The second point here is, I think you can take this principle and apply it to other aspects of your work lives, whether we’re talking about asking for more money, or seeking help from your boss or a co-worker, or anything else. So many times we build up these narratives in our head about, “I can’t ask for it because they’re going to say no, or I’ll be embarrassed”, but the truth of the matter is, if you do ask, good things happen from that. It’s not a guarantee, but asking gets results.

Mac Prichard:

Yeah, you’ll never get “No” unless you ask the question, will you?

Ben Forstag:

That’s right.

Mac Prichard:

This is a lesson I keep learning myself personally. Just the other day, I sent off a request for a meeting with a sales prospect for Prichard’s Communications, my other firm, and I thought, “Oh, I probably won’t hear from that person for a week or more.”  Within an hour, not only did they respond, but they sent a Google invite scheduling a meeting. Often, you just have to ask.

Ben Forstag:

Yeah, and the other way to think about this is, you’re always going to get “no” if you don’t ask. No is the default. If you ask, you’re automatically improving your chances.

The other study that they came out here with was that, direct asks, for assistance, were almost always better received than indirect. If you were being really coy and not saying directly what you wanted, people are less likely to help you than if you just, were very clear and said, “I need this help, would you help me?” The response rates on that direct ask were astronomical.

Jessica Black:

Absolutely. I think it goes back to what we always say here, people want to help. Reach out to your networks and make it easy for them to help you. Being direct is always good, and knowing what you’re asking for and not being shy. Go for it.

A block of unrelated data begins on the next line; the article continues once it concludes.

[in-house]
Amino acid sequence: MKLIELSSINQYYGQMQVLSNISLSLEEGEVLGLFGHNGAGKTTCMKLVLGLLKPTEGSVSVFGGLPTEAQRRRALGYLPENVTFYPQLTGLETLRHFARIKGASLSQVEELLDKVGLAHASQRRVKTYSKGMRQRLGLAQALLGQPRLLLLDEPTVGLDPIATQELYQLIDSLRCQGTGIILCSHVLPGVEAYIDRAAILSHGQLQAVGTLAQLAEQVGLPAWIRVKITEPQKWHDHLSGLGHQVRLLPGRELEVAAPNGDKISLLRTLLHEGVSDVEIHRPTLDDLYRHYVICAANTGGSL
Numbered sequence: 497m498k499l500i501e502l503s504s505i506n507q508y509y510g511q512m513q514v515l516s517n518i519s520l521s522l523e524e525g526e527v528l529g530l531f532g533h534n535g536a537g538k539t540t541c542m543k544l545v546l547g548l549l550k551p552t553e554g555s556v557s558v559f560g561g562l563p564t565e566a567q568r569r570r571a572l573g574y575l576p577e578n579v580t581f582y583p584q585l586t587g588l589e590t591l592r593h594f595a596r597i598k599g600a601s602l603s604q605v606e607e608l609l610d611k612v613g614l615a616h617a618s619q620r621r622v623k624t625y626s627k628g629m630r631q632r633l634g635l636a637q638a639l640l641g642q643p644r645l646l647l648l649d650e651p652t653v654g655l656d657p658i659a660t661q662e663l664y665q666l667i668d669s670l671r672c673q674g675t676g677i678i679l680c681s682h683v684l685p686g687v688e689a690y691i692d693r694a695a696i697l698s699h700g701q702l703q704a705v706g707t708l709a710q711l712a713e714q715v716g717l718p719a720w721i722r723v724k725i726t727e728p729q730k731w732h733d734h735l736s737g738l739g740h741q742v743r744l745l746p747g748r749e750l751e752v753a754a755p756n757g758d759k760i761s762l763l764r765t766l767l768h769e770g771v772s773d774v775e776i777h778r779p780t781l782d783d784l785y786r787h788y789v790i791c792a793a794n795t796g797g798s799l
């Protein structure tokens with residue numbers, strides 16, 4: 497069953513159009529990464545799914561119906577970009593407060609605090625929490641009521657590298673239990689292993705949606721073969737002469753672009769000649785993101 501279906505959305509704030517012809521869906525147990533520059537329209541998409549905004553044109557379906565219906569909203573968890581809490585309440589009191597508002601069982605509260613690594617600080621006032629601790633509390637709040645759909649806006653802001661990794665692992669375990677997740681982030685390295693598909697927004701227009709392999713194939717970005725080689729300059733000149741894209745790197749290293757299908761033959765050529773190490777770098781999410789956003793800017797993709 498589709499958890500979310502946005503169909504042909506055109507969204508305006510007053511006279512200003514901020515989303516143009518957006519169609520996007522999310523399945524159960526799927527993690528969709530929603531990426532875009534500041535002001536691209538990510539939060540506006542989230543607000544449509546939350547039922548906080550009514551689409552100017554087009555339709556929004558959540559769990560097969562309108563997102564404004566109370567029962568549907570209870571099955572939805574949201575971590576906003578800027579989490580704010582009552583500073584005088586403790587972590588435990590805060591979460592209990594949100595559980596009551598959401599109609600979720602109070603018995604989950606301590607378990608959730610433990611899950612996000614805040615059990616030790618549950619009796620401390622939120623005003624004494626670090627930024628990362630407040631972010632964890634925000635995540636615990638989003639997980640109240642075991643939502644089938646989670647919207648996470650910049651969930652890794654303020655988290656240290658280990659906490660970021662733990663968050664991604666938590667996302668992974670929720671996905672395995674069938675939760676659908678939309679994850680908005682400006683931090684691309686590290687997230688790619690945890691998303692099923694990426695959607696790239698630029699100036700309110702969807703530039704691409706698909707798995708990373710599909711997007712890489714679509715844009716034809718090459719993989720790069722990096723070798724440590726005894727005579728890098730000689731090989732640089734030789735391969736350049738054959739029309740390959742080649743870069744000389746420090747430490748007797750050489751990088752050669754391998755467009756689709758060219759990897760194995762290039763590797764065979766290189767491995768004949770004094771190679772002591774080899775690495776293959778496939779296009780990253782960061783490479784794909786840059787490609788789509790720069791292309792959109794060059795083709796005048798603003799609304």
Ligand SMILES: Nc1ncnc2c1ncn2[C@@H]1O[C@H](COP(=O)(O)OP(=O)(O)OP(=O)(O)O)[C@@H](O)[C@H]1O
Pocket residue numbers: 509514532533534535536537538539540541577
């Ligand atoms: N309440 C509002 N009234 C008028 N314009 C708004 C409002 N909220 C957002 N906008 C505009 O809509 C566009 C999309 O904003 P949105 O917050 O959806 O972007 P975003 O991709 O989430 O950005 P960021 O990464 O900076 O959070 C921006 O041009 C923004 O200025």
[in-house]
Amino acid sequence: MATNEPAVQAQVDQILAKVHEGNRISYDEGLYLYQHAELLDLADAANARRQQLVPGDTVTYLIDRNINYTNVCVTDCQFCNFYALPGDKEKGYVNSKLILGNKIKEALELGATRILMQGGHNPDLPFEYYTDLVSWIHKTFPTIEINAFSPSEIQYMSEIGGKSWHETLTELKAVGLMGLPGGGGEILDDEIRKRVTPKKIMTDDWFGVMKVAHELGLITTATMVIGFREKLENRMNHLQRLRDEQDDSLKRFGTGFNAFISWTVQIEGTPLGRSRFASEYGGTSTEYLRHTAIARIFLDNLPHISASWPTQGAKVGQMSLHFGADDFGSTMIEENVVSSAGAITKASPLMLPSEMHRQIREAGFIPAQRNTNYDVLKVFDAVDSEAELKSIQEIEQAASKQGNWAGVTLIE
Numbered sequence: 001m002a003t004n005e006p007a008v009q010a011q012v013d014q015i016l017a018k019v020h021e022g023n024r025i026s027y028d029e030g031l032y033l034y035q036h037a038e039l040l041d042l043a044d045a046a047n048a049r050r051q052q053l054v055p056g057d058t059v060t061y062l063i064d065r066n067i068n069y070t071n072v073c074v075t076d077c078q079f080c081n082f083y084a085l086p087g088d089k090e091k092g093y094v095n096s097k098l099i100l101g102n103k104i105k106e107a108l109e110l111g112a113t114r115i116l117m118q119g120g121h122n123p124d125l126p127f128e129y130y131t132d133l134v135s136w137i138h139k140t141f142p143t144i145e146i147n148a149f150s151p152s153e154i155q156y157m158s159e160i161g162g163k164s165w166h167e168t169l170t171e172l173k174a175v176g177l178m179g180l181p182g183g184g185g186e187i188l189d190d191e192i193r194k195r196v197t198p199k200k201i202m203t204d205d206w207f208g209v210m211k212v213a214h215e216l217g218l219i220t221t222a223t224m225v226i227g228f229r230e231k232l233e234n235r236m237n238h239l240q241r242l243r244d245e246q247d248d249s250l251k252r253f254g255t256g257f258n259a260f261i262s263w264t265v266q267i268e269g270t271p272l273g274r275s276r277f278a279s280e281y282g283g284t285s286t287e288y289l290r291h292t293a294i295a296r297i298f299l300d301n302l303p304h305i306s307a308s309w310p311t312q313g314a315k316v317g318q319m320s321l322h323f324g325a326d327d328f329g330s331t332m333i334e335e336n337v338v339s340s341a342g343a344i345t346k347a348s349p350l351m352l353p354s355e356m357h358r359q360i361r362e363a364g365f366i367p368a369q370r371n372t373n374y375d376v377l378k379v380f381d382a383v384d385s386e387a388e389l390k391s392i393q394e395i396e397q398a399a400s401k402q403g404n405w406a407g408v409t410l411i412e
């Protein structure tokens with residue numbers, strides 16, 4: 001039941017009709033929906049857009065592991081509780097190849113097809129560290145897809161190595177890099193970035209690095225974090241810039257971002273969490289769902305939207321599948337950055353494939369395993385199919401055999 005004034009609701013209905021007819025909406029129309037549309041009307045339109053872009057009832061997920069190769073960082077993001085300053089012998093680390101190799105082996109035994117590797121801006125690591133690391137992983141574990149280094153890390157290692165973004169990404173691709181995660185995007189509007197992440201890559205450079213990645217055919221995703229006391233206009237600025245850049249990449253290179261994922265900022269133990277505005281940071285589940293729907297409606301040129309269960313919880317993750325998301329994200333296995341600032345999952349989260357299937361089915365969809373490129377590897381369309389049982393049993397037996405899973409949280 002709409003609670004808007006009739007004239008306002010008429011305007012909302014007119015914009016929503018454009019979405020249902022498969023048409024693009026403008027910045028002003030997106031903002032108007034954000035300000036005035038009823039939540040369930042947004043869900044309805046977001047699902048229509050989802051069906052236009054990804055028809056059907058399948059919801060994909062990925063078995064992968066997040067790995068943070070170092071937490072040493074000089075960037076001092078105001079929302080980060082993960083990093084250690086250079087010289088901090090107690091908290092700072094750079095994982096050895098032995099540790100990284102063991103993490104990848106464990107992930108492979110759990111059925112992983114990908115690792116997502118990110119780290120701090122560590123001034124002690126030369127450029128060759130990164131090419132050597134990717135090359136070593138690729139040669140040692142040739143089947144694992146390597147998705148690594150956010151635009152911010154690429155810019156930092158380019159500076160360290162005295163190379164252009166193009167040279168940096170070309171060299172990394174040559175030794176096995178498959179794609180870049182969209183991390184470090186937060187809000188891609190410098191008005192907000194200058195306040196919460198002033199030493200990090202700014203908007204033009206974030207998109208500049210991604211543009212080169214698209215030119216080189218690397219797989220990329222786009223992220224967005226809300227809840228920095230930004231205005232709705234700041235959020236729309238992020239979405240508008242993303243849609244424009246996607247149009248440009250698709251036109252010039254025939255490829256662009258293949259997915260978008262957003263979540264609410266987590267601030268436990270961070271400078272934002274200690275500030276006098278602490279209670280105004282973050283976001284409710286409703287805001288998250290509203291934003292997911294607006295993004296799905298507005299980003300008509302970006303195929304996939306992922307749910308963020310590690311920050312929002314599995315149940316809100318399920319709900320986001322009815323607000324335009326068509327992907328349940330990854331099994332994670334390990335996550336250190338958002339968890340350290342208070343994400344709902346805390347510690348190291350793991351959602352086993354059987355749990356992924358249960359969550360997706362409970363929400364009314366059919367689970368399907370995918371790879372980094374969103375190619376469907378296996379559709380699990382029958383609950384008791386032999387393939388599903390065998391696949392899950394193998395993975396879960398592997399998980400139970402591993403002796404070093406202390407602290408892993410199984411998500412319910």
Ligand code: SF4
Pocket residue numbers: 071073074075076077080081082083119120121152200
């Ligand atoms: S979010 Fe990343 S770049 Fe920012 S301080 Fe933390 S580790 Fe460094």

Ben Forstag:

Guys, I need to borrow someone’s cell phone.

Jessica Black:

You got it.

Becky Thomas:

Here you go.

Mac Prichard:

Wait, we’re recording.

Well, great research, and great advice, Jessica. Thank you, Ben. If you’ve got a suggestion for Ben, he would love to hear from you, please write him. We’d love to share your idea on the show. His address is ben@macslist.org.

Now let’s turn to you, our listeners, and Becky is here to answer one of your questions. Becky, what’s in the mailbag this week?

Becky Thomas:

Well, Mac, this week’s question came in via email from a listener located in Bend, Oregon. They asked to remain anonymous, so I’ll just read their email. They wrote:

“My question is on the topic of relocation. I would like to move to a place where pay is more in line with the cost of housing, so I’ve applied for a lot of jobs in different areas in Oregon, focusing on the Willamette Valley. I’ve had no response in about a year, yet I applied for a job 4,000 miles away and at least got a phone interview. What does it take?”